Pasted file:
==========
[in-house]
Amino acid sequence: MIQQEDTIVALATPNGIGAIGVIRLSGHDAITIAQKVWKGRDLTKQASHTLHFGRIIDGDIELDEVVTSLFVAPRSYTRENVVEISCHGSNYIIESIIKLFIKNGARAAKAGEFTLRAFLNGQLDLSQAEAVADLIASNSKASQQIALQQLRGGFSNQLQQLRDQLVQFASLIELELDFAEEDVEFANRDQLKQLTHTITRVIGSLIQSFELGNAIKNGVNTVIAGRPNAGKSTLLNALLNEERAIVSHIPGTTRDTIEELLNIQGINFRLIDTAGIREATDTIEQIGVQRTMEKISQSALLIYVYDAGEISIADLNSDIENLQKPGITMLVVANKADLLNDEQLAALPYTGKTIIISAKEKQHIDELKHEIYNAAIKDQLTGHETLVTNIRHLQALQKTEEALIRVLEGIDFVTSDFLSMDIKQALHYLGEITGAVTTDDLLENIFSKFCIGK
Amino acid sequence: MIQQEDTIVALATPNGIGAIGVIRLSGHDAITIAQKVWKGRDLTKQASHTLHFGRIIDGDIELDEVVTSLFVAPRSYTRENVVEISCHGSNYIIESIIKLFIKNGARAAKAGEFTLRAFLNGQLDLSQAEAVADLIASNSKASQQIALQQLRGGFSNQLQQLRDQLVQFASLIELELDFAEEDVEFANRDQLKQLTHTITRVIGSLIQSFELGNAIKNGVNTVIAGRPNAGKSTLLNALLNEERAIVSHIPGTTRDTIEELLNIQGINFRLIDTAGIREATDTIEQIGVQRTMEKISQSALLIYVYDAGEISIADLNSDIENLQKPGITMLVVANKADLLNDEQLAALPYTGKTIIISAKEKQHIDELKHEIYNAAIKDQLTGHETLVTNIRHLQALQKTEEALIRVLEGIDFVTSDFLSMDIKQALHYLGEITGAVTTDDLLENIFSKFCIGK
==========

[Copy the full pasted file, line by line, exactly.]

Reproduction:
[in-house]
Amino acid sequence: MIQQEDTIVALATPNGIGAIGVIRLSGHDAITIAQKVWKGRDLTKQASHTLHFGRIIDGDIELDEVVTSLFVAPRSYTRENVVEISCHGSNYIIESIIKLFIKNGARAAKAGEFTLRAFLNGQLDLSQAEAVADLIASNSKASQQIALQQLRGGFSNQLQQLRDQLVQFASLIELELDFAEEDVEFANRDQLKQLTHTITRVIGSLIQSFELGNAIKNGVNTVIAGRPNAGKSTLLNALLNEERAIVSHIPGTTRDTIEELLNIQGINFRLIDTAGIREATDTIEQIGVQRTMEKISQSALLIYVYDAGEISIADLNSDIENLQKPGITMLVVANKADLLNDEQLAALPYTGKTIIISAKEKQHIDELKHEIYNAAIKDQLTGHETLVTNIRHLQALQKTEEALIRVLEGIDFVTSDFLSMDIKQALHYLGEITGAVTTDDLLENIFSKFCIGK
Amino acid sequence: MIQQEDTIVALATPNGIGAIGVIRLSGHDAITIAQKVWKGRDLTKQASHTLHFGRIIDGDIELDEVVTSLFVAPRSYTRENVVEISCHGSNYIIESIIKLFIKNGARAAKAGEFTLRAFLNGQLDLSQAEAVADLIASNSKASQQIALQQLRGGFSNQLQQLRDQLVQFASLIELELDFAEEDVEFANRDQLKQLTHTITRVIGSLIQSFELGNAIKNGVNTVIAGRPNAGKSTLLNALLNEERAIVSHIPGTTRDTIEELLNIQGINFRLIDTAGIREATDTIEQIGVQRTMEKISQSALLIYVYDAGEISIADLNSDIENLQKPGITMLVVANKADLLNDEQLAALPYTGKTIIISAKEKQHIDELKHEIYNAAIKDQLTGHETLVTNIRHLQALQKTEEALIRVLEGIDFVTSDFLSMDIKQALHYLGEITGAVTTDDLLENIFSKFCIGK